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Potential markers of heavy training in highly trained distance runners.
  1. T Verde,
  2. S Thomas,
  3. R J Shephard
  1. School of Physical and Health Education, University of Toronto, Canada.

    Abstract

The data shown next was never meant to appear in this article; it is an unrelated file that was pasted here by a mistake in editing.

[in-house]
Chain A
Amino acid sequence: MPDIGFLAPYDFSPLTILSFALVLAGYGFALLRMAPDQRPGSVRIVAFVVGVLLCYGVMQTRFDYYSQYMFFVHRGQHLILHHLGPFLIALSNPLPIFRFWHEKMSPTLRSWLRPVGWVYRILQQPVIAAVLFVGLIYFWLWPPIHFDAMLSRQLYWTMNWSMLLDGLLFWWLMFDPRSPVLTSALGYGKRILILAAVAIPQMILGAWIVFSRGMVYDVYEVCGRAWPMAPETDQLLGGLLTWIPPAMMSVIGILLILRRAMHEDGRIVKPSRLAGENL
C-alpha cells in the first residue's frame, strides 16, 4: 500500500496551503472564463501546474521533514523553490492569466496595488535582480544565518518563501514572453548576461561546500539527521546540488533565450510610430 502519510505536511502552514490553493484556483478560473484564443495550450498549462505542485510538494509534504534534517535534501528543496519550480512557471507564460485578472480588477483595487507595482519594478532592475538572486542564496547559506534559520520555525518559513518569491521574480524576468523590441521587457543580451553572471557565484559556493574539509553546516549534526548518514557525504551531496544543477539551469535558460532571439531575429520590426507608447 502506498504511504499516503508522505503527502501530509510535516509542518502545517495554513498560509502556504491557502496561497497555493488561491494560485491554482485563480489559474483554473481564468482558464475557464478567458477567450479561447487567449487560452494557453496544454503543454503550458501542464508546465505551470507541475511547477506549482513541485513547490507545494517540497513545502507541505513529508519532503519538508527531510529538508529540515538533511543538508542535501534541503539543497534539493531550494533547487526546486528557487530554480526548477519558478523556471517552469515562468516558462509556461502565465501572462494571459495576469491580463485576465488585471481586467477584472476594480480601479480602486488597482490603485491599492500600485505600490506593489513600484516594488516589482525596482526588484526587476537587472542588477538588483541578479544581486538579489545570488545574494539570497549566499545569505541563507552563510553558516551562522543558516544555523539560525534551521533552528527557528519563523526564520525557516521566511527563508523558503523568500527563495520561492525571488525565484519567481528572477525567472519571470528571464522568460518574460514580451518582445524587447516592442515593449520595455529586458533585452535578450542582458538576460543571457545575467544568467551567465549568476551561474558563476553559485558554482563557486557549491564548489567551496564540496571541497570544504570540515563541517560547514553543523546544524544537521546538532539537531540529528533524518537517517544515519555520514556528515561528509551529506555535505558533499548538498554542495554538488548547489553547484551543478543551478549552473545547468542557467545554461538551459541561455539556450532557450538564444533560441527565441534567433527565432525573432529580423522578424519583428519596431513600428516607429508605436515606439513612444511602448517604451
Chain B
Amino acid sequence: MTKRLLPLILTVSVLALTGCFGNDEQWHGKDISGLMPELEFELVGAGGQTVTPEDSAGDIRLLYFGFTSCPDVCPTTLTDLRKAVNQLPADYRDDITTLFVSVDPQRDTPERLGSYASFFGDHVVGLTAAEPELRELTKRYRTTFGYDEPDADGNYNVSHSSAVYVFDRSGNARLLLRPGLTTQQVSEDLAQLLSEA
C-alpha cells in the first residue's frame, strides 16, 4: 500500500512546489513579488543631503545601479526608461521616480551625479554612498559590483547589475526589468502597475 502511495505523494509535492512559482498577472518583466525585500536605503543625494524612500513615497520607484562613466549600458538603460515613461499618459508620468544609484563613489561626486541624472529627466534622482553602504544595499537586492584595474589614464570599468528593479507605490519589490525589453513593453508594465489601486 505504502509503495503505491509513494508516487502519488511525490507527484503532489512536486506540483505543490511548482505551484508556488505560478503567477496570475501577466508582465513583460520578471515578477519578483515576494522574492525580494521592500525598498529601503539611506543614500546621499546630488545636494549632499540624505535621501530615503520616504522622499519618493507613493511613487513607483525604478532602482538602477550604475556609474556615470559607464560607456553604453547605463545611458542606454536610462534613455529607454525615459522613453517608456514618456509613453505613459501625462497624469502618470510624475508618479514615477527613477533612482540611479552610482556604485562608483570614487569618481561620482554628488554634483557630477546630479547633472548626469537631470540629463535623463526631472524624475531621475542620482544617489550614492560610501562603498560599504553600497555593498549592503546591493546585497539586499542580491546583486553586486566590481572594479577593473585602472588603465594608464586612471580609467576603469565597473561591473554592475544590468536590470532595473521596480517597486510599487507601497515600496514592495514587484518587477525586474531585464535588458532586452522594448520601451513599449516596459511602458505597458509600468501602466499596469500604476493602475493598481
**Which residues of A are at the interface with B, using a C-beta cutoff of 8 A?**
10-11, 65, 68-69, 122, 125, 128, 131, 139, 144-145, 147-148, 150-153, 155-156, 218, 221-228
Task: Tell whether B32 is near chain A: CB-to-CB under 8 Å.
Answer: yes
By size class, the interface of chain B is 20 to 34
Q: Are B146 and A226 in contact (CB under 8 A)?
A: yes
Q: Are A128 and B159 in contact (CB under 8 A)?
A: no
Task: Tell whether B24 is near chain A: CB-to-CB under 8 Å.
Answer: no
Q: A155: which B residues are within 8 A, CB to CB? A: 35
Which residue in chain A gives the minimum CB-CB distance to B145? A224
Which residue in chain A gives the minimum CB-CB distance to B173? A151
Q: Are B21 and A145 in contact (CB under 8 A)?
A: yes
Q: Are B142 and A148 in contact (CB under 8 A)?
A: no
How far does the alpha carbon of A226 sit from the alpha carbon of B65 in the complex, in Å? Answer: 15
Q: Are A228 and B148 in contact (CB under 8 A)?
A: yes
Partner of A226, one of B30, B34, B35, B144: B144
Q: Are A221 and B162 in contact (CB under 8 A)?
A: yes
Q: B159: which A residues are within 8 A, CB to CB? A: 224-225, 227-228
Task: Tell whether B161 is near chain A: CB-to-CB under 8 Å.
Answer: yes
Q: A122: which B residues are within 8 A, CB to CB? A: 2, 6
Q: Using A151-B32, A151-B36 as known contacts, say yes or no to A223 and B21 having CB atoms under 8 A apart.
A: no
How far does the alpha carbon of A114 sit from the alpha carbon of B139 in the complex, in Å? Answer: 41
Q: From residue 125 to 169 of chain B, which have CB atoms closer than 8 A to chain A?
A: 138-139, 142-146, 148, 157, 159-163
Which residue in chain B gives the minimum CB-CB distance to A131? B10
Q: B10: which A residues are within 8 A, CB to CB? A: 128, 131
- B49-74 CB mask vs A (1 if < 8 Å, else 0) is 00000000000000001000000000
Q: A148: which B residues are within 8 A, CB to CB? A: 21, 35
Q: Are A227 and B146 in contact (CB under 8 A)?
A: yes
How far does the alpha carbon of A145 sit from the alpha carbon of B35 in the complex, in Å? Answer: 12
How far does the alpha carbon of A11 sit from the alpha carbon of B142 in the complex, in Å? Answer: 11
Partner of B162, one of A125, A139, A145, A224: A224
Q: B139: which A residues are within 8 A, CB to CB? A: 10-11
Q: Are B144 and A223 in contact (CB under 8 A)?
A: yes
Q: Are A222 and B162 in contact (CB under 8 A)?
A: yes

Markers of a heavy increase in training were examined in ten highly trained distance runners (mean(s.d.) age 29.8(1.7) years, maximal oxygen intake 65.3 ml kg-1 min-1, personal best 10-km time 31 min 4 s) who undertook a deliberate 38% increment of training over a 3-week period. Their running performance did not improve, and six of the ten subjects developed sustained fatigue, suggesting that training was excessive, although the full clinical picture of overtraining did not develop. The Profile of Mood States was the best single marker of disturbed function, indicating increased fatigue and decreased vigour. There were no useful changes of resting heart rate or perceived exertion during submaximal running, sleep was undisturbed, and there were no orthopaedic injuries. Two subjects developed rhinoviral infections following the heavy training, and a third complained of symptoms that were diagnosed 2 weeks later as exercise-induced asthma. The increase of serum cortisol normally induced by 30 min of submaximal exercise was no longer seen when the same acute exercise was performed after heavy training. Resting lymphocyte proliferation tended to increase in response to phytohaematoglutinin (PHA) and concanavalin A (Con A), the ratio of helper to suppressor cells (H/S) decreased, and pokeweed mitogen induced smaller increases in IgG and IgM synthesis. Whereas before heavy training, PHA-stimulated lymphocyte proliferation was unchanged by 30 min of acute submaximal exercise, after 3 weeks of heavy training the same bout of exercise caused an 18% suppression of proliferation. Likewise, heavy training brought about a decrease of T-lymphocytes in response to acute submaximal exercise, but an abolition of the acute exercise-induced decrease in the H/S ratio. The previously observed exercise-induced decrease of IgG synthesis did not occur when the same acute bout of exercise was performed after heavy training. We conclude that such minor and transient changes of immune function may possibly be a warning that training is becoming excessive, but they have only a limited significance for overall immune function.

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